BALA. _¿- THE FLOOD AND ITS CONCOM- IITANT DISTRESS. LAST week, especially towards the latter part of it, Bala was visited by a flood of unusual severity. Unusual, as over 20 years has elapsed since a flood of similar magnitude was discerned. On Friday evening, the combined effects of wind and rain caused Bala Lake to overflow its shores, with the result that, next morning, Aran Lane and Plasey Street appeared as one sheet of water, 12 inches in depth, and in some places much more. Ooe old woman of over 80, who slept on the ground floor of one of the houses, was in imminent danger of drowning, the clothing on both sides of the bed being already immersed. Measures were at once taken, with break of day, to remove the above, and other decrepit old women, to a place of safety. The ground floors of each house were in the same state, and the family were obliged to beat a retreat to the upper rooms, where they had per- force to remain during the whole of Saturday. As will be seen from the report of the Board of Guardians, the Relieving Officer was instructed to relieve the distressed, it goes without saying that that gentleman took active measures to do so. It was rather a novel sight to witness one volunteer going from one house to another, handing up supplies to the upper windows by means of a pitchfork, and another wading through the water up to his knees to relieve other sufferers. The meadows and fields around Bala were covered with water, and the Dee, as usual at times of floods, overflowed its banks in all direc- tions. On Monday last, a meeting was held at the County Hall, to consider the best means of allevi- ating the distress in Plasey, and it was decided to hold an Entertainment the next day. The follow- ing ladies undertook to sell tickets, and to distri- bute the relief :-Mrs. R. LI. Jones Mrs. Jones, N. & S. W. Bank; Mrs. H. Williams, The College; Mrs. J. W. Roberts and Miss Parry, Tremaran with Mr. Edward Jones, Relieving Officer. On Tuesday, at the Vestry Room of the C.M. Chapel, the entertainment was held, under the presidency of Mr. R. LI. Jones, when the following pro- gramme was gone through Address by the chairman. Solo, Canu yr eos,' by Miss Grace A. Pugh. SODG, 'Bwthvn yr amddifad,' by Miss M. C. Davies. Recitation, by Miss J. E. Davies. Duett, by Miss Jane Hughes and Mr. Evan Lloyd. Solo, by Mrs. Cadwaladr Lloyd. Violin solo, by Mr. David Denman. Re- citation, by Mr. J. T. Hughes..Solo, 'Arm, arm ye brave,' by Mr. R. Thomas. Solo, by Mrs. H. Williams. The second part was occupied by the display of lantern views, the lantern being skilfully manipu- lated by Mr. W. T. Jones. The entertainment was a grand success, and a substantial sum was realized for the charitable object in view. It is but fair to give credit for the forming of the pro- gramme chiefly to Mr. G. Roberts (Gwrtheyrn), assisted by Messrs. R. Ll. Jones, M. T. Jones, and R. Evans.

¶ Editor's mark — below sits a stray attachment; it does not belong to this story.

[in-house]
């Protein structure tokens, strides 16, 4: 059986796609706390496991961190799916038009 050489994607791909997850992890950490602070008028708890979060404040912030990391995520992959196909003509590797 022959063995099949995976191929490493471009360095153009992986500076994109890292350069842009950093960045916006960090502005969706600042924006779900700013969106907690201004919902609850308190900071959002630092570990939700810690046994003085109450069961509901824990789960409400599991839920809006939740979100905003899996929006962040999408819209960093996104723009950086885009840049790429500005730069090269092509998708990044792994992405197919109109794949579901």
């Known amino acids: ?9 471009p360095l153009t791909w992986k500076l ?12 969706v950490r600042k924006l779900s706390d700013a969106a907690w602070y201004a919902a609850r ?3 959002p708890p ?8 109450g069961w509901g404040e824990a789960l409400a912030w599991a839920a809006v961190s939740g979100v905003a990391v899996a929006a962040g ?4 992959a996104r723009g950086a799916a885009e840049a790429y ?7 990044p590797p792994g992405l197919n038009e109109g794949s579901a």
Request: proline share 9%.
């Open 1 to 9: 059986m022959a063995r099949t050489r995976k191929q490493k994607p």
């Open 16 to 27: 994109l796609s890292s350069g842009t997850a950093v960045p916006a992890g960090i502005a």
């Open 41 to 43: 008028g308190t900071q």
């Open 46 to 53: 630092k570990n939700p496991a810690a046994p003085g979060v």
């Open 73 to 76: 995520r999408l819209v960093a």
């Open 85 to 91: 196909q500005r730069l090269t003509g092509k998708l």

A PEERAGE ROMANCE. AN ORGAN-GRINDER BECOMES AN EARL. The death occurred on Sunday, at his, town house, 60, Queen's Gate, London, S.W., of Eari'Poulett, at the age of 71; and in the matter of. succession to the earldom an extraordinary state of things comes to a head. The dead* earl, who v, as the sixth, was a well known character in his youth and middle age. Educated at Sandhurst, he serv- ed with the 54th Regiment, the 2nd Queen's Royals, and the 22nd Regiment in India. He was engaged in the expedition from Peshawur to the Borol Valley in 1853, and was present at the storming of the heights, gaining the medal and clasp. He was a well-known hunting man and steeple chaser in his time. He owned The Lamb, the winner of the Grand National in both 1'068 and 11871 and Banazal (by Flying Dutchman), the winner of 27 steeple- chases and hurdle races, and the Grand Baden-Baden Steeplechase in 1869. Deceased was thrice married. He first espoused, at the age of 22, at Portsea, Elizabeth Lavinia Newman, the daughter of a Landport pilot; secondly, at the age of 44, Emma Sophia Johnson and thirdly, at the age of 51, Rose de Melville His first wife had a son, born during the first year of marriage; and his third wife had a son, born in 1883. The eldest son of the Earls Poulett always takes the title of Viscount Hinton. Both the son of the first wife, and the sen of the third are called Viscount Hinton, and there is some prospect of trouble over the succession. The son of the earl's first wife is well known about,, London, where he plays a barrel-organ in the streets. The organ bears a notice which states—' I am Viseount Hinton, eldest son of Earl Poulett. I have adopted this as a. means of earning a living, my father having refused to assist me through no fault of mv own.' The question now arises, will this organ- grinder be allowed to inherit the earldom, with its magnificent domain of Hinton St. George, Cr,ewkerne, Somersetshire (worth some thousands a year), and its patronage of three livings ? Under ordinary circumstances there would be no doubt about the organ grinder's right of inheritance. Indeed, it is doubtful whether there is any legal bar to his succes- sion to. the earldom. But some of the re- ference books—' Who's Who,' for instance- ignore his claims, and give the son of the third wIfe, who is now in his 16th year, as the future earl There is a painful story which leads to this state of things. The dead earl, when a harumscaram youth, is said to have made a bet that he would marry the first woman he met landing on his return to England. ji Whether this be so or not, he certainly mar- ried the Landport pilot's daughter after a very brief acquaintance and when, within a few months of the marriage, she gave birth, to a son—the man who now plays the organ !—the earl repudiated paternity, and the. couple lived apart thereafter. Be allowed' his wife an income, but this died with her. in 1871; and he refused to have anything to do with her son. But, born as he was in. wedlock, the organ-grinder now claims the- earldom and it is not easy to see how his claims are to be upset. Hinton House has been barricaded, and the entrance gates locked in view of possi- bilities.